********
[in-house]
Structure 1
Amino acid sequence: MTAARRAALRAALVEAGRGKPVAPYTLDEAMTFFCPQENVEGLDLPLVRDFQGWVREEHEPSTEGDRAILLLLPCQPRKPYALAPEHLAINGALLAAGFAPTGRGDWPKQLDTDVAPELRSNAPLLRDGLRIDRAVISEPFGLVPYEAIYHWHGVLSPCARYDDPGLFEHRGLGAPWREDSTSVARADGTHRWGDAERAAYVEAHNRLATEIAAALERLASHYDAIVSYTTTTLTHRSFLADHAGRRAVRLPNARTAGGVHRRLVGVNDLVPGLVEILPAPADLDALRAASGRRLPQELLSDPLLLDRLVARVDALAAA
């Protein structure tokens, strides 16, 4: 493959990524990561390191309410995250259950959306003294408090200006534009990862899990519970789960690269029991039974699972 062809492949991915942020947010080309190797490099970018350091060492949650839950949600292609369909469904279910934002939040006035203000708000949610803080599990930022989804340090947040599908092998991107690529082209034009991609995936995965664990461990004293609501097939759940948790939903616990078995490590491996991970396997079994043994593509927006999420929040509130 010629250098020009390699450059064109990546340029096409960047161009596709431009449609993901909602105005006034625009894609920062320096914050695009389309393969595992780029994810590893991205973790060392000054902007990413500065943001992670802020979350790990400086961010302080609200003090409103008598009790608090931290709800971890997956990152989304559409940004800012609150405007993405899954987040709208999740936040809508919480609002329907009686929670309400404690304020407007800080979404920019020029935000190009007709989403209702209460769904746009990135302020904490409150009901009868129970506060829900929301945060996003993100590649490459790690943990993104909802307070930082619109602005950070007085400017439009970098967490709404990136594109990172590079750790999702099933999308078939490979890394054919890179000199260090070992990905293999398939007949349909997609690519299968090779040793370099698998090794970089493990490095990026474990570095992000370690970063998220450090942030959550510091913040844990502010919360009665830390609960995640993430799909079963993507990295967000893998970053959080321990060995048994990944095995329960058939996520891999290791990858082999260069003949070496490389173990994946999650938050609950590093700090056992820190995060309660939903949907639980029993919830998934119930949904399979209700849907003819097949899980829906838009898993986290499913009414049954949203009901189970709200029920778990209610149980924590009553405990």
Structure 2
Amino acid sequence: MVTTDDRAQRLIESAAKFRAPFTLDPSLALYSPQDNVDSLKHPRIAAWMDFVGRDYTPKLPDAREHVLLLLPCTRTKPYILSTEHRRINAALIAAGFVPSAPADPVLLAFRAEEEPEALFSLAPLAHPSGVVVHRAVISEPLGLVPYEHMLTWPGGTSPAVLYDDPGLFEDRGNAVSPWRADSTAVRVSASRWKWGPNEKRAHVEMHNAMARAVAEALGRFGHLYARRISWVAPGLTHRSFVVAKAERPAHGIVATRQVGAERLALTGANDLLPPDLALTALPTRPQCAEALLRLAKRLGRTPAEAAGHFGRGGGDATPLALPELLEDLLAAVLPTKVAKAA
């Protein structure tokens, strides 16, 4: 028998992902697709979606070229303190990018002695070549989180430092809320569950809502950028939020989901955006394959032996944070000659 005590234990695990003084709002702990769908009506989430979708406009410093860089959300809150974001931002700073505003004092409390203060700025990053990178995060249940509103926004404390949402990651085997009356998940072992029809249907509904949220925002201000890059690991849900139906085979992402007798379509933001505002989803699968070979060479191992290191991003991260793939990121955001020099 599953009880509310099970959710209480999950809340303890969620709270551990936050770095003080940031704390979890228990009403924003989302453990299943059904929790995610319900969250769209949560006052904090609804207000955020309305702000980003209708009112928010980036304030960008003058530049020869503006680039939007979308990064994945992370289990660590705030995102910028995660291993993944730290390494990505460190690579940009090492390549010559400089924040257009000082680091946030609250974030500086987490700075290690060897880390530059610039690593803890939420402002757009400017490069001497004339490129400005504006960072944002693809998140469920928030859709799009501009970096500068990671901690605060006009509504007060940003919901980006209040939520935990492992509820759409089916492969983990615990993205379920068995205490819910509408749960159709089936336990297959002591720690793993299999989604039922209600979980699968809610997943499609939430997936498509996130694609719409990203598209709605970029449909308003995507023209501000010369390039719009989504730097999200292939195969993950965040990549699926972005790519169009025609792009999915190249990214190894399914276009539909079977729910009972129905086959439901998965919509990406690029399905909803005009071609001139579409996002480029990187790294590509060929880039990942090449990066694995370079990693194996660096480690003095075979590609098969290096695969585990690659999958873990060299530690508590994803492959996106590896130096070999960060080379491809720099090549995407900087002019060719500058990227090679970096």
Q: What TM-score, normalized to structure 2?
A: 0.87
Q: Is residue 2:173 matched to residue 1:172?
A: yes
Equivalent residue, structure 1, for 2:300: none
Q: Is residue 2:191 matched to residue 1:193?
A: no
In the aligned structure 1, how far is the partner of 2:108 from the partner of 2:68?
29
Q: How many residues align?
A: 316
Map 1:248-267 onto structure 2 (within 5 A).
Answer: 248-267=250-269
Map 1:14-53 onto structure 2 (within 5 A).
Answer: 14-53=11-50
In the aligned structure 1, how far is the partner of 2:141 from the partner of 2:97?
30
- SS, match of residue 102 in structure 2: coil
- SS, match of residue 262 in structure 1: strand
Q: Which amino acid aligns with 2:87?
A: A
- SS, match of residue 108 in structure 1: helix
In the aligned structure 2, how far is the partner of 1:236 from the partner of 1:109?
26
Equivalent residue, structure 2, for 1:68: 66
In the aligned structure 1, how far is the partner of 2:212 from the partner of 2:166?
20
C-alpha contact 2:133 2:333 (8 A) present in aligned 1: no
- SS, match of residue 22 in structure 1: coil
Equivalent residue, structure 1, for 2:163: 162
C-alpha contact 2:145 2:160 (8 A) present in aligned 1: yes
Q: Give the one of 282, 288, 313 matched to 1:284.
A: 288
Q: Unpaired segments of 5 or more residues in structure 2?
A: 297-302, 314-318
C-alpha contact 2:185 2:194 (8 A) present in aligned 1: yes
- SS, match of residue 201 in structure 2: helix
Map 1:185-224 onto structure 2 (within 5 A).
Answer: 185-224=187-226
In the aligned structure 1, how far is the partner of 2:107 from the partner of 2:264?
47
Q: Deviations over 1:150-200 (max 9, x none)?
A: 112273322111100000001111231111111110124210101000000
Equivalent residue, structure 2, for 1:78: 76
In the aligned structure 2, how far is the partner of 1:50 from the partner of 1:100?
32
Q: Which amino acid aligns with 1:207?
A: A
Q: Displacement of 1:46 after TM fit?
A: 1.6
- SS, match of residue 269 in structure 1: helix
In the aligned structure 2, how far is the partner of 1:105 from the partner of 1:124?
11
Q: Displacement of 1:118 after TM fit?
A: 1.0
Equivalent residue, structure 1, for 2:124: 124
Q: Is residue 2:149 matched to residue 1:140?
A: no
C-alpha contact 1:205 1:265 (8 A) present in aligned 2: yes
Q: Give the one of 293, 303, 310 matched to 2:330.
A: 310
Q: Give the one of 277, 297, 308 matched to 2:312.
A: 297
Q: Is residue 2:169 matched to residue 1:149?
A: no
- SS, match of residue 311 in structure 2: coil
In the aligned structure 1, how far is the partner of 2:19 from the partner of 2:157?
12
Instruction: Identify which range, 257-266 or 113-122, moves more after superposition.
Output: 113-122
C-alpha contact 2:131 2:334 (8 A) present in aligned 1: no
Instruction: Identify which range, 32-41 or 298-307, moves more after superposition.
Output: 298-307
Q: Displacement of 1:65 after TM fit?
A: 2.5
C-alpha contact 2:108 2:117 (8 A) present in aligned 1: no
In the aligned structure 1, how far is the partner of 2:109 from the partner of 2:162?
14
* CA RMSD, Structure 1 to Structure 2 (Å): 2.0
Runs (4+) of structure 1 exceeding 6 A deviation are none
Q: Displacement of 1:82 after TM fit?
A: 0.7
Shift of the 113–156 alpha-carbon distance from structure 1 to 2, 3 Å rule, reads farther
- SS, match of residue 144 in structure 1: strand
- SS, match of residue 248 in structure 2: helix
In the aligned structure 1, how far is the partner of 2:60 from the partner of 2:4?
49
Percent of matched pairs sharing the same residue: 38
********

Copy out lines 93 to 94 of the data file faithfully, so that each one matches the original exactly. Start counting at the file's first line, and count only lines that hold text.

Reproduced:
In the aligned structure 1, how far is the partner of 2:60 from the partner of 2:4?
49